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On Nye Thompson's Backdoored, Accessibility and Anxiety

As I step to my right, out of the corridor and the stark white walls of the “Humansbeingdigital” exhibition, the darkness of Nye Thompson’s “Backdoored” fills me with a sense of anxiety, a nervy feeling of entering somewhere forbidden, sinister, somewhere out of bounds, illicit.

My eyes adjust and I start to make out what seems to be a workstation for an absent security guard, an empty desk at the back of the room, set up in front of twenty small screens* mounted on the wall, apparently transmitting footage captured by CCTV cameras – the guard’s empty coffee cup still sits on the table – whoever was there has now gone, and I take my place at the desk.

the darkness of Nye Thompson’s “Backdoored” fills me with a sense of anxiety

 

 

 

 

 

 

 

 

 

 

I switch on one of the two small desk lamps and take in the cables sprawling in a tangled mass across the desk and the green fern-patterned wallpaper which decorates the wall where the displays are mounted. I start to wonder if I am at a workstation, or in someone’s personal and private space.

Looking up at the twenty screens the diverse and surreal nature of the images slowly comes clear to me. Some appear to depict innocent, unchanging scenes, landscapes, scenery, others are windows into domesticity – clothes hanging in the entrance hall of someone’s flat, an unmade bed in the darkness of a bedroom, a grotesquely decorated bedsit – banal, and yet disturbing in how they spy on the innermost spaces populated by people we don’t know. Others go further still, depicting people unaware they were being watched, being spied on – young ladies in low cut tops at a work station as they count the day’s takings. A camera positioned in the corridor outside the room lets me spy on my friends as they approach the room.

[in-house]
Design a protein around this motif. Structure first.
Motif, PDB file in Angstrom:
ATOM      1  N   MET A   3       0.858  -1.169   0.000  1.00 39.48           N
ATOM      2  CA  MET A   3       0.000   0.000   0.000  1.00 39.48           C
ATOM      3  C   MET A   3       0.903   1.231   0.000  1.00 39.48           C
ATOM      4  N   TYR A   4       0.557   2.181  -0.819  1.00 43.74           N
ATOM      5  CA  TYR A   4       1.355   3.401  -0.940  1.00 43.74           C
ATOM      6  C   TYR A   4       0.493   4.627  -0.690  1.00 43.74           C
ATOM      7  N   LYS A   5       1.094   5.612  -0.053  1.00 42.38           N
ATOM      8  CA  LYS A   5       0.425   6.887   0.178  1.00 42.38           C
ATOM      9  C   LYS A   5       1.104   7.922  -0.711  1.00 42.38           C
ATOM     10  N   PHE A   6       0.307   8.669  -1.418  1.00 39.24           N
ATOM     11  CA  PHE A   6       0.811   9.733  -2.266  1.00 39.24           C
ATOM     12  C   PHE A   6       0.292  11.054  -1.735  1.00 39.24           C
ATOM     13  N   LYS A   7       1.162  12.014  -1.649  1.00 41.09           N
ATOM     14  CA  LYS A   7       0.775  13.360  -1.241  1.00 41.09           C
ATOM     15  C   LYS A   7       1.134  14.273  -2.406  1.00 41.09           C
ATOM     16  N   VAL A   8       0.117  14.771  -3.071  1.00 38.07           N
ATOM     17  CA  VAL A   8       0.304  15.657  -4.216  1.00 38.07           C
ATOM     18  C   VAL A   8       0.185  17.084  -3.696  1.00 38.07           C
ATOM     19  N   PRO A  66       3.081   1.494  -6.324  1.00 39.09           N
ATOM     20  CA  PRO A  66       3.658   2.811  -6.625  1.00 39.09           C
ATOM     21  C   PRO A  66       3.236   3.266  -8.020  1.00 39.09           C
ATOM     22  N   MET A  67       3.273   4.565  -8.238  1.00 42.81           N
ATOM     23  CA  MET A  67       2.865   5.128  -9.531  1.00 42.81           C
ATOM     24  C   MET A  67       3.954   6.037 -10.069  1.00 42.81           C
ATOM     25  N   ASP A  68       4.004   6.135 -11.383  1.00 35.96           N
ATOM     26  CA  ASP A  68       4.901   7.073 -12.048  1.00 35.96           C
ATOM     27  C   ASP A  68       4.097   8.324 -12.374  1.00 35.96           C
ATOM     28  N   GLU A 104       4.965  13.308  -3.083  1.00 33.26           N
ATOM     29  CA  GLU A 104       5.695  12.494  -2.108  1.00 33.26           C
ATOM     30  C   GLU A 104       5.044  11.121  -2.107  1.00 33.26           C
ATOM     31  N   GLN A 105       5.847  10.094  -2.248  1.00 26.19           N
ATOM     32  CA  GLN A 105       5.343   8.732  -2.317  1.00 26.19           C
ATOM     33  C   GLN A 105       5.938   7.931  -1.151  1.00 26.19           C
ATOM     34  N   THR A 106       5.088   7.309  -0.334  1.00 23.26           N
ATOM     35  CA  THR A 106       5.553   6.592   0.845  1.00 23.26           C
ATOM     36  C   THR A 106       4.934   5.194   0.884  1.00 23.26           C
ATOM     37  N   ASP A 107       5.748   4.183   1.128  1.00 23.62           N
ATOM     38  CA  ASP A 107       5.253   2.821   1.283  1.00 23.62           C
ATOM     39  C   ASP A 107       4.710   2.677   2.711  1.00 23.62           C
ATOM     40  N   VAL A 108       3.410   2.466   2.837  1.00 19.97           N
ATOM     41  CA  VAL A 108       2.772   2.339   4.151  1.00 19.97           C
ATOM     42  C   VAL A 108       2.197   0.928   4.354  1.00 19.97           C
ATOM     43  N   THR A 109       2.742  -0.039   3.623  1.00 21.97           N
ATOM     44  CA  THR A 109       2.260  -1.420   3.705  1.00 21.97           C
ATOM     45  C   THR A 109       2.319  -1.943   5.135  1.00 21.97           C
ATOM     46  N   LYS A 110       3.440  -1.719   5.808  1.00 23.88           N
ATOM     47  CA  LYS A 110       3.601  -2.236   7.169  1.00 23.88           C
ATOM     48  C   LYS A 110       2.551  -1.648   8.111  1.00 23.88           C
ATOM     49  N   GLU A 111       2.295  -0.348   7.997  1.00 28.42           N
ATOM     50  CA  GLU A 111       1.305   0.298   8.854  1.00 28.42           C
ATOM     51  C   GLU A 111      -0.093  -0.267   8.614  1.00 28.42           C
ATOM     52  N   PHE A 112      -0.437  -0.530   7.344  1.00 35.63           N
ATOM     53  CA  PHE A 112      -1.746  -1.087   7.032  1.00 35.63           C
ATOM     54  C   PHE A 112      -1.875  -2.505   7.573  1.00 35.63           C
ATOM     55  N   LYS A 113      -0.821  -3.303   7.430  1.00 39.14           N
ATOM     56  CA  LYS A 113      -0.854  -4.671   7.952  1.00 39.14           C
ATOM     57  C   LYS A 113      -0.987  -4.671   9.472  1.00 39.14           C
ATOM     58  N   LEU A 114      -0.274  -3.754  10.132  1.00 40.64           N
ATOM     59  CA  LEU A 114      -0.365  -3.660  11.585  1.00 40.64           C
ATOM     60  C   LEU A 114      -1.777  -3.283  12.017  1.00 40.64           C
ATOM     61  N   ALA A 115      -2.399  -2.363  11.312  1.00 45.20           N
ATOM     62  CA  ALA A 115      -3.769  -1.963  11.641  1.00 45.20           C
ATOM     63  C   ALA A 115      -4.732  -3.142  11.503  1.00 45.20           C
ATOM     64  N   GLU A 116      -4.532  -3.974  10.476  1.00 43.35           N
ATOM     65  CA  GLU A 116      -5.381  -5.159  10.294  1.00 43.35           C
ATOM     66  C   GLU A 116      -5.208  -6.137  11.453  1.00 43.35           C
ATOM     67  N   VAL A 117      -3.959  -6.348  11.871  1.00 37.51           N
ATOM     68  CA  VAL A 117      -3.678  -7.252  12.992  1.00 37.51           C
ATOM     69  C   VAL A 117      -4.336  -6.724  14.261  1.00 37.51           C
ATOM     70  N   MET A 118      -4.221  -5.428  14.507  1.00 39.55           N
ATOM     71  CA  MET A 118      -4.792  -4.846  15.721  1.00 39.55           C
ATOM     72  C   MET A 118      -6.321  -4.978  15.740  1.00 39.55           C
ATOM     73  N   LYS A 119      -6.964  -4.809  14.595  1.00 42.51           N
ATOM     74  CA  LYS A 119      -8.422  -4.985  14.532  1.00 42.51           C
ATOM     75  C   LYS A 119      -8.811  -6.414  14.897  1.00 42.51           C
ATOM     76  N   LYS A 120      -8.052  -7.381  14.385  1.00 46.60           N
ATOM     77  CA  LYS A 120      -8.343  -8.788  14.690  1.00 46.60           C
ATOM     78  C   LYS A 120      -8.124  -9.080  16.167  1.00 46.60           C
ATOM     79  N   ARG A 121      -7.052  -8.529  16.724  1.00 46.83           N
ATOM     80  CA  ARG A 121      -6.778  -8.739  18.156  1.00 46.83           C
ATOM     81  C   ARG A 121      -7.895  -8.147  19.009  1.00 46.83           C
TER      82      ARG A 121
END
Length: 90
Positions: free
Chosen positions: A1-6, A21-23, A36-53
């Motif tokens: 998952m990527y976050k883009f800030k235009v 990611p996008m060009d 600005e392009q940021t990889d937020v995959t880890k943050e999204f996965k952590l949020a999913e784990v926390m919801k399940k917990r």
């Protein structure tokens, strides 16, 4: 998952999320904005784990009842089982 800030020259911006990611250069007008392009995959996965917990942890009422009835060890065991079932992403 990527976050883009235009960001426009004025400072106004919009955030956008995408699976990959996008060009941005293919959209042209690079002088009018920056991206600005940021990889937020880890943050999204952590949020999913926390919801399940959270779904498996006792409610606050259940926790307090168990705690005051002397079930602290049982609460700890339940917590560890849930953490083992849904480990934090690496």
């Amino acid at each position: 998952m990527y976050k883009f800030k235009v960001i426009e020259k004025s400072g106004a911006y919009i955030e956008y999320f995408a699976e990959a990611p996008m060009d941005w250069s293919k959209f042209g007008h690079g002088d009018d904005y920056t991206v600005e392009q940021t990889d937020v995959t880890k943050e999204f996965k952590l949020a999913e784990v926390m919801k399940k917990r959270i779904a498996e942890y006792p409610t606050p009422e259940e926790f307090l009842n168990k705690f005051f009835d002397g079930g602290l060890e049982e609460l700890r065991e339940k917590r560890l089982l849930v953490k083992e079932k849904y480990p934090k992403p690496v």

I discover that the images that “Backdoored” relays to us were all taken by unsecured webcams and surveillance cameras and then released into the public domain, open access to all, violating the privacy of the people whose spaces and property and actions are projected here so very openly.

And so the curious observer has become the anonymous voyeur, looking in unseen on a bizarre mix of imagery, taken and made public. I feel something like an uneasy mix of titillation and guilt, of power over people as I watch them unobserved, but stronger still is my feeling of anxiety: “if I’m looking at this, who’s looking at me?” I start to think about all the situations I could be observed in, without me knowing, all those situations where I get access to things I want, but in return give access, opening my life out for others to gain entry.

I move on to browse the other installations in the “Humansbeingdigital” exhibition. I gain immediate entry to the Hipster bar, as my moustache and glasses persuade the face recognition algorithm that I look cooler than I actually am, I watch the video about cooking with homemade hormones and enter the echoing hall of The Dialogue, and am left with that nagging thought – that access equates to opening ourselves up, either by publishing our personas, or data, or by inviting others into our domain.

“Backdoored” the installation has got me thinking about its meaning, and feeling vulnerable.

*The twenty screens referred to in this article are Raspberry Pi Premium Display Kits, supplied free of charge to the artist by DesignSpark

Experienced industrial and new technology marketer, and author of award-winning blog "Oneday711": technology, travel, sport.